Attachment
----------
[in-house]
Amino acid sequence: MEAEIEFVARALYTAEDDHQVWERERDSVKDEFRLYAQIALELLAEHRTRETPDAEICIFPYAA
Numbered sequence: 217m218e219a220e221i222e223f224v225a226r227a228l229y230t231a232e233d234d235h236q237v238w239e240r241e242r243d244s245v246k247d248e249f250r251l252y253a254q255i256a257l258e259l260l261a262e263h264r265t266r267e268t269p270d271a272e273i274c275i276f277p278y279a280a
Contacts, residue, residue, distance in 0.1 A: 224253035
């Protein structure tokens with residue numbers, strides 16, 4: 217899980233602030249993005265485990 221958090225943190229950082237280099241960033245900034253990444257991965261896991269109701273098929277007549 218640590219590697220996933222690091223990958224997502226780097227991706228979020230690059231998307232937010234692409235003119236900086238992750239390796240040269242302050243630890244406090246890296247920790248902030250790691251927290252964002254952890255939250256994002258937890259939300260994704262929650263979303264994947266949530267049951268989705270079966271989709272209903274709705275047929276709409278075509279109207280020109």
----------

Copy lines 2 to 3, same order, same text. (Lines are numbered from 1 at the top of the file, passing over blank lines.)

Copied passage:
Amino acid sequence: MEAEIEFVARALYTAEDDHQVWERERDSVKDEFRLYAQIALELLAEHRTRETPDAEICIFPYAA
Numbered sequence: 217m218e219a220e221i222e223f224v225a226r227a228l229y230t231a232e233d234d235h236q237v238w239e240r241e242r243d244s245v246k247d248e249f250r251l252y253a254q255i256a257l258e259l260l261a262e263h264r265t266r267e268t269p270d271a272e273i274c275i276f277p278y279a280a